Employers ultimately partner with the state workforce development network because they have a talent or labor need they have otherwise been unable to fill. Ultimately, what matters most to the employer is that the person they hire can do the job. However, too often employers recruit and hire from the networks they are familiar with and which, often unintentionally, exclude persons from other backgrounds or walks of life. Real Pathways breaks that cycle by partnering effective community-based organizations and nonprofits with employer-facing and/or employer-driven organizations that have goodwill and reputation with industry in providing the talent they need. In some instances, the nonprofit is not expected to get a client 'job ready' but 'training ready' at which point they can transition to an employer driven occupational training program which the employer has already identified as a consistent source of talent. Were that candidate brought to the employer directly, they might not have been given full consideration for several reasons - some legitimate, some not. But because the program leverages past performance and employers' need for talent, Real Pathways effectively opens the hiring channels and helps employers tap into a more diverse labor market.
Other significant contributions
Just as the populations served within Real Pathways are remarkably diverse, so too are the success stories.
A partnership focused on ex-offenders and homeless persons exceeded its first-year job placement target by nearly 50% by focusing intensely on behavioral health, counseling, and life stabilization before preparing candidates for the next steps of job training, work readiness, and placement. More than 75% of the individuals served were persons of color. The program worked intensely with employers to listen to their concerns or questions and had a frank conversation about what would encourage them to consider hiring former offenders and/or homeless job seekers. Learning that some form of initial wage subsidy to lower the risk of a poor fit was well received as was the training and provision of several important industry credentials- including first aid and CPR training for all candidates regardless of the occupation - the program crafted a job training program that precisely matched employers' needs and wants. The result was employment in culinary, carpentry, maintenance, and several other fields. Employer feedback has been overwhelmingly positive, with several commenting that it is one of the best hiring decisions they have made.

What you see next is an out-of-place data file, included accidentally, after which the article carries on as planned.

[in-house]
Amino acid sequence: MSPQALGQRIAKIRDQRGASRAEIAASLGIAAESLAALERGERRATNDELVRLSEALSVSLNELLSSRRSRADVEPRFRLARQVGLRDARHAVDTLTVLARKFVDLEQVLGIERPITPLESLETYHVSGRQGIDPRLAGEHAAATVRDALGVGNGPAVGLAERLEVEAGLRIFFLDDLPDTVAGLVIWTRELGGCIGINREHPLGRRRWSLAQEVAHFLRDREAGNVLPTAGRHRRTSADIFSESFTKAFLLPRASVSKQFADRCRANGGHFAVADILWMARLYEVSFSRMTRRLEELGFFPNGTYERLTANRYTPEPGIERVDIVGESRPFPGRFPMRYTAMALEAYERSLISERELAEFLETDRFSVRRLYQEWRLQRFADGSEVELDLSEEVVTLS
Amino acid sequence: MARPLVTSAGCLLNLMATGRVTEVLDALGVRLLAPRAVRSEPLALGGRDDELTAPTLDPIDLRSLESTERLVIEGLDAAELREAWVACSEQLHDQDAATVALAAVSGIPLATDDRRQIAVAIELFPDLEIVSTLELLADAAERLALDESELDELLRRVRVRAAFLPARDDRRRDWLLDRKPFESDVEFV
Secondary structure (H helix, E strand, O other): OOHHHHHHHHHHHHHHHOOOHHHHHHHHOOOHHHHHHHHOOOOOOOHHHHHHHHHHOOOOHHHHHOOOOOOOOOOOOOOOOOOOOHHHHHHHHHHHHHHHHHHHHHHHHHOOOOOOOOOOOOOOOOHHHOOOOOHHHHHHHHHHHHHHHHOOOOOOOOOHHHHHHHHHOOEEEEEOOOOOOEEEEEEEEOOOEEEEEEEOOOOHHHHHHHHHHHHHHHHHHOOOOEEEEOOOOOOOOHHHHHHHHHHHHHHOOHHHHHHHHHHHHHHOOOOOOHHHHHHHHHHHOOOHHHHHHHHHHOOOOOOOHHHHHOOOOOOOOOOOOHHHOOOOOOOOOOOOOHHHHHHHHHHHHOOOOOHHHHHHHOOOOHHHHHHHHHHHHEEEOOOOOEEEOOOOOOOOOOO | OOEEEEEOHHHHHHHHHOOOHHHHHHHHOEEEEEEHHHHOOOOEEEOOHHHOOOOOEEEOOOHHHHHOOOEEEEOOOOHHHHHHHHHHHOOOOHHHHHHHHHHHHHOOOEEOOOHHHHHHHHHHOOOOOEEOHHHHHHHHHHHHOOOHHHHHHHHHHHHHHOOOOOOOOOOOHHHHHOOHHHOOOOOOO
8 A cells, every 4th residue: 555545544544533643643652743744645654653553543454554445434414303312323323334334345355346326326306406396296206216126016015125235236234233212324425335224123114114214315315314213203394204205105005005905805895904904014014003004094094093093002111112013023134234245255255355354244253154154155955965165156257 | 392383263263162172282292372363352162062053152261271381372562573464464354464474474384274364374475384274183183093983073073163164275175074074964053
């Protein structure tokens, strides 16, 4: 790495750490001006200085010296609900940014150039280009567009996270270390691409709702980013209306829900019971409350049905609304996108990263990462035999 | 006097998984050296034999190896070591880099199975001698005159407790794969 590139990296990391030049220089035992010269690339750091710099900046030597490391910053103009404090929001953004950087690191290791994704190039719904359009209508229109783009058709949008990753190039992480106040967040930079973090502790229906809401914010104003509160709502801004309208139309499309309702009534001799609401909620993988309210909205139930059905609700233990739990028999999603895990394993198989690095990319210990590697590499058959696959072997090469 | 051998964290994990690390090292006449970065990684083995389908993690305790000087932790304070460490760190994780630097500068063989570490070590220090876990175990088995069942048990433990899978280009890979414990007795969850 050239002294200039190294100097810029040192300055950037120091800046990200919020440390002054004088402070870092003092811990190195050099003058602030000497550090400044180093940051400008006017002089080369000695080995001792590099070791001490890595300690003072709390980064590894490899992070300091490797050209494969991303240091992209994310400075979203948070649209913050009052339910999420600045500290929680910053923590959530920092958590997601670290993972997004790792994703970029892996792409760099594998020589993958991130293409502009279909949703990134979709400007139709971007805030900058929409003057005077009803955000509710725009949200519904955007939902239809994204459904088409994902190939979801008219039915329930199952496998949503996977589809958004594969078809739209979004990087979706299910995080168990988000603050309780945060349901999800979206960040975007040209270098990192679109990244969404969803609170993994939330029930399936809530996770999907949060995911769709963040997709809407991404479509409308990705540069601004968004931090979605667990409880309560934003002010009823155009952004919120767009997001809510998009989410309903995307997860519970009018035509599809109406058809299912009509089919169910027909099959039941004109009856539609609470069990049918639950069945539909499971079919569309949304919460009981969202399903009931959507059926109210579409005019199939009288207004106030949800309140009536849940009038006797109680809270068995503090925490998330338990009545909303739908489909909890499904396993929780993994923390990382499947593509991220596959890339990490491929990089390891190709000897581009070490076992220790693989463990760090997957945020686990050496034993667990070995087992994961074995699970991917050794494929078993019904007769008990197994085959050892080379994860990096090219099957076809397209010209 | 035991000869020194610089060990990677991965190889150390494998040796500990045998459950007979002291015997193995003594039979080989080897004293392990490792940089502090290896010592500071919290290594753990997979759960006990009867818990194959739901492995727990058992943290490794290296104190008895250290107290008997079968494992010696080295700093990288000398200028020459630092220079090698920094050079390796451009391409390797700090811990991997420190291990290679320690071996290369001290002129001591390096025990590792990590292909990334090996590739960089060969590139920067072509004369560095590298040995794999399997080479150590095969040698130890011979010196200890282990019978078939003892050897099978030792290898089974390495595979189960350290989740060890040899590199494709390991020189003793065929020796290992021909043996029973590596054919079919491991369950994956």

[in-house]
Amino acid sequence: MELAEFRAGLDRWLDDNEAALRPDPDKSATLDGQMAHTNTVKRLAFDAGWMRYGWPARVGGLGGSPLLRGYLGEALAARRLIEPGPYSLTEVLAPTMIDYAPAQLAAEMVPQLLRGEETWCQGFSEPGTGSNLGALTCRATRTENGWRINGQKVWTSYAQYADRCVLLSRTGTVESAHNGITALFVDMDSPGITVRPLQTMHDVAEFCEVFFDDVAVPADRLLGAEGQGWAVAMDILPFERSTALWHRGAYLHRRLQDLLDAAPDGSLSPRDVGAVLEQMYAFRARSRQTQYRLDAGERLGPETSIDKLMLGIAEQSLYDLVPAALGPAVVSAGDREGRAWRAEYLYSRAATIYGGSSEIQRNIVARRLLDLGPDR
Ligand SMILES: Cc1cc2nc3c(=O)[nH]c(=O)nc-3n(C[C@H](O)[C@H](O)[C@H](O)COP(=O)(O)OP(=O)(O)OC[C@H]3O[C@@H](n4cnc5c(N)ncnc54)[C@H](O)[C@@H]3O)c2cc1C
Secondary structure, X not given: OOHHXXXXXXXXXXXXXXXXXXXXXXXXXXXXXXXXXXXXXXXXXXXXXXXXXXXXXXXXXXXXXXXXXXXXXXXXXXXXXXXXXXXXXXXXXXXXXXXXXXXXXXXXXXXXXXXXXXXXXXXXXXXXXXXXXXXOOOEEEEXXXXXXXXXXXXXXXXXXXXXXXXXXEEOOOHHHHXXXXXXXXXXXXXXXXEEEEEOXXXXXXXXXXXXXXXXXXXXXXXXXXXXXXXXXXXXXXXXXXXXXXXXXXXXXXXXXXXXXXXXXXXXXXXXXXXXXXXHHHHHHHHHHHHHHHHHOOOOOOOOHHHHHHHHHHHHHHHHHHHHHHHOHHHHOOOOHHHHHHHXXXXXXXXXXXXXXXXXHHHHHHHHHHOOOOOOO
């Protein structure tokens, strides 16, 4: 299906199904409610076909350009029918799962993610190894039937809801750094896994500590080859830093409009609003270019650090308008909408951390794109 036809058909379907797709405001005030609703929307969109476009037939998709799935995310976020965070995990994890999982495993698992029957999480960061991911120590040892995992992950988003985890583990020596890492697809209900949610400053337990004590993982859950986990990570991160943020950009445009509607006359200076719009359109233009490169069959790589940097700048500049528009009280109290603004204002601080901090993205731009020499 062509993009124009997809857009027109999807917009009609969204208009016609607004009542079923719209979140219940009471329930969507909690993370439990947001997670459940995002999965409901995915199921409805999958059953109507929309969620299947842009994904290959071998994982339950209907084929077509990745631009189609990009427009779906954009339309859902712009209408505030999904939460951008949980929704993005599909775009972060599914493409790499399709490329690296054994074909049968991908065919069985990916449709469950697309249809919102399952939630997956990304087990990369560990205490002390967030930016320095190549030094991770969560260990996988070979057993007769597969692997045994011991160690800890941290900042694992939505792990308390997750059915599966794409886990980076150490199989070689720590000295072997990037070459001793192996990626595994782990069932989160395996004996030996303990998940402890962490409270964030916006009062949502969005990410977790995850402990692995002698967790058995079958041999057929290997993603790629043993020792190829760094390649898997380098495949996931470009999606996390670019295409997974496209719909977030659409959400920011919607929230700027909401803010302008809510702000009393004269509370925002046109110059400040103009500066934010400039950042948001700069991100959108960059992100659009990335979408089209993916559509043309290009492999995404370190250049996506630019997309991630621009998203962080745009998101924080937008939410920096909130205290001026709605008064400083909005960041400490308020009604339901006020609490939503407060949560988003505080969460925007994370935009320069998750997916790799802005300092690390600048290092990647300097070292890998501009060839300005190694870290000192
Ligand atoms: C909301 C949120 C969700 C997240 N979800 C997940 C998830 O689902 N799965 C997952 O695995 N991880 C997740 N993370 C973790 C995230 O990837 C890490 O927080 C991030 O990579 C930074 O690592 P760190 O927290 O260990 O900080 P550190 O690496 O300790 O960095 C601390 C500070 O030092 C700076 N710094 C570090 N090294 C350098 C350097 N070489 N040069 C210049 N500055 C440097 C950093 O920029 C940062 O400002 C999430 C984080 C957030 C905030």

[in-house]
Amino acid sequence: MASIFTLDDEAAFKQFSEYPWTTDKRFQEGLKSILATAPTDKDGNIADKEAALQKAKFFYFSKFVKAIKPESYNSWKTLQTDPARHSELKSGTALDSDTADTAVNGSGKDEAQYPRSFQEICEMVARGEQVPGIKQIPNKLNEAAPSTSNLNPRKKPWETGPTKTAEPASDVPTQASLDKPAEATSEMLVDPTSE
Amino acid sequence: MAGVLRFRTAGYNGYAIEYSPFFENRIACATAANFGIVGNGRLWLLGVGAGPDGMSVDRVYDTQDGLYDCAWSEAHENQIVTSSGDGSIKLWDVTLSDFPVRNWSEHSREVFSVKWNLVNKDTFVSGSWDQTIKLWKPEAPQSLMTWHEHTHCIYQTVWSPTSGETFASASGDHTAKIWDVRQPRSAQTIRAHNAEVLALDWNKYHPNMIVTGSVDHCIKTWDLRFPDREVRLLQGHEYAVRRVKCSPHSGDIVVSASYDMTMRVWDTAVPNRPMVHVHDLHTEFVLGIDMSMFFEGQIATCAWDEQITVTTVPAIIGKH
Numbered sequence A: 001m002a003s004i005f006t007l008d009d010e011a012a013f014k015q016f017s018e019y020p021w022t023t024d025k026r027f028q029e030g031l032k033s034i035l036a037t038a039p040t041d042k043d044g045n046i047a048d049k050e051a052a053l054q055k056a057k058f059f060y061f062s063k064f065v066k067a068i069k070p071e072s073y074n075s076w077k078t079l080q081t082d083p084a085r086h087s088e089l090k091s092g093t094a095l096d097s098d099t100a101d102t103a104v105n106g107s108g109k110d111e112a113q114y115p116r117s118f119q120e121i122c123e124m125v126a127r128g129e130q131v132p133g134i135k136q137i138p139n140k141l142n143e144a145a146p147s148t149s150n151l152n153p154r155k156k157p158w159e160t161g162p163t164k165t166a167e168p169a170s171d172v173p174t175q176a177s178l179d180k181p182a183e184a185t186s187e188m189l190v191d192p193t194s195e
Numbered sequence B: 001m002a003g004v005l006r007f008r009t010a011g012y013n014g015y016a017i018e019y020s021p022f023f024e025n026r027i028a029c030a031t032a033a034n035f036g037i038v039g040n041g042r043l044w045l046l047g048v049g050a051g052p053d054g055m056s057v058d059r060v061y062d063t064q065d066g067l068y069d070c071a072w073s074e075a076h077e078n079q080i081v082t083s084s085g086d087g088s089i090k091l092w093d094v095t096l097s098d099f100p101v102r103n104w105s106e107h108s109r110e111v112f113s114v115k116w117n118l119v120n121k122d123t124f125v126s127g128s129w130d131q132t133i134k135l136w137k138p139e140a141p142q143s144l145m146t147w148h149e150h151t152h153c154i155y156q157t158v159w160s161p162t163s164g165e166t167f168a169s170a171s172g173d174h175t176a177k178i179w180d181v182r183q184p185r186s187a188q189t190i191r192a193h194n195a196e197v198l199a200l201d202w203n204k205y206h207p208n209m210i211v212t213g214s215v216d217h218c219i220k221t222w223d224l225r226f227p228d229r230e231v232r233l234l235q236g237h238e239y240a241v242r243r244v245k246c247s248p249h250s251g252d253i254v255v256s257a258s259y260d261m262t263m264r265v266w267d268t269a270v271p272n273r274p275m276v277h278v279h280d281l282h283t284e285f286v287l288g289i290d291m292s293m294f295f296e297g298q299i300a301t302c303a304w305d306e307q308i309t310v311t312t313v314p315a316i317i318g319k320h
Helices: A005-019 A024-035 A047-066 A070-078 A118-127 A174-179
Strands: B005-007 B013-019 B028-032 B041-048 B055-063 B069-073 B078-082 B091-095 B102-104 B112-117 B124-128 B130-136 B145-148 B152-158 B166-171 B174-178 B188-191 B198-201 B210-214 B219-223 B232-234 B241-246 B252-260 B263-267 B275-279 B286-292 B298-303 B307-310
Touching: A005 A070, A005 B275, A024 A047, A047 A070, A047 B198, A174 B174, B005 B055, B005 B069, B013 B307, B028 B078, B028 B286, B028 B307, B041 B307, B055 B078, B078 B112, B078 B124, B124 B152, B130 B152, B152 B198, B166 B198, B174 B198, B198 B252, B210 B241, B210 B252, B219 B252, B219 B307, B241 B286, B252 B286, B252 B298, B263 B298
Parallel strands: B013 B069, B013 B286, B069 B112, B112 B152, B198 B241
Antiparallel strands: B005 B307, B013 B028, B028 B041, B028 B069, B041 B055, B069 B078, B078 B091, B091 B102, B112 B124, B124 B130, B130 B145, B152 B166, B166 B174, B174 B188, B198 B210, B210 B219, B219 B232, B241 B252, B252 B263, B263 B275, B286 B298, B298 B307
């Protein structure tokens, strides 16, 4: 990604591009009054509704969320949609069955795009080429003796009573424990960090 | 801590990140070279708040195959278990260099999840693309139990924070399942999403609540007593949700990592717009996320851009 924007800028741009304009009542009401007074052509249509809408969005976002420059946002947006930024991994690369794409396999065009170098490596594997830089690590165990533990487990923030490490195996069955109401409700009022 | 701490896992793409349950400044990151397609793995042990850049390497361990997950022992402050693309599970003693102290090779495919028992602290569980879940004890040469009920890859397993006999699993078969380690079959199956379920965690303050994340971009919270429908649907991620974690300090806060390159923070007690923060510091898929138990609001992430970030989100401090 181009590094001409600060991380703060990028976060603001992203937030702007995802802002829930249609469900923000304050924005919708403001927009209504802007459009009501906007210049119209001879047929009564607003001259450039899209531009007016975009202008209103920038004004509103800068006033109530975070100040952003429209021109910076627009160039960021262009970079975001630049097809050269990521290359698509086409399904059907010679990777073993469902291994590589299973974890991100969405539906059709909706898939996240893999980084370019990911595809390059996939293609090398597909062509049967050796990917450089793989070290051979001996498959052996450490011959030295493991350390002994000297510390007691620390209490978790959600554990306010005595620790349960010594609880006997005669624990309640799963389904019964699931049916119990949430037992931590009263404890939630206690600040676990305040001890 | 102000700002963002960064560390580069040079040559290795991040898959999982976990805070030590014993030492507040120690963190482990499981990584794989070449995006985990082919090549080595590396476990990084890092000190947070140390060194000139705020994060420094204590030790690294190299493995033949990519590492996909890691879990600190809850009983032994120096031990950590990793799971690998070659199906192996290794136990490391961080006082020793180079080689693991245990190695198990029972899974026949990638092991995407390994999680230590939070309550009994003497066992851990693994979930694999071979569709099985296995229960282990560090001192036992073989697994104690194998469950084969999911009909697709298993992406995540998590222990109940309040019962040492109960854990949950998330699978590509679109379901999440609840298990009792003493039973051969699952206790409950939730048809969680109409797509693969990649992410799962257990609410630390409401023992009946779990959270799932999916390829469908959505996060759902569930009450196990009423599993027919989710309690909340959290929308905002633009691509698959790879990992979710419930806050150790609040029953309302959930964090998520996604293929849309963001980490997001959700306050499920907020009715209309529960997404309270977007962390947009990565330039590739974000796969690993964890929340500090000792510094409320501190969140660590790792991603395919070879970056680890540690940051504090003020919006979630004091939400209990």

A second partnership was focused on low-income communities within Providence, Rhode Island's capital city. This program also exceeded its first-year job placement target by nearly 50%. 88% of clients served were women of color, nearly all of whom were receiving some form of public assistance. Using evidence-based tools and best practices, employment and stabilization staff work together to determine the clients' barriers to employment then build a package of services designed to help them overcome those barriers including rapid re-housing services, case management, financial literacy, social services, access to remedial education, and others.
Employers are intimately involved in the development of training, including the ability to 'red line' current curriculum or create new curricula, as well as observe training and interview candidates before, during, and after training. These personal interactions are critical in opening the doors of opportunity.
All told, year one of Real Pathways had a significant contribution to the state workforce effort, increasing the employment impact of the workforce network by 25 percent WIOA Title I excluding Real Pathways: 1811 served vs. WIOA Title I including Real Pathways: 2264 served).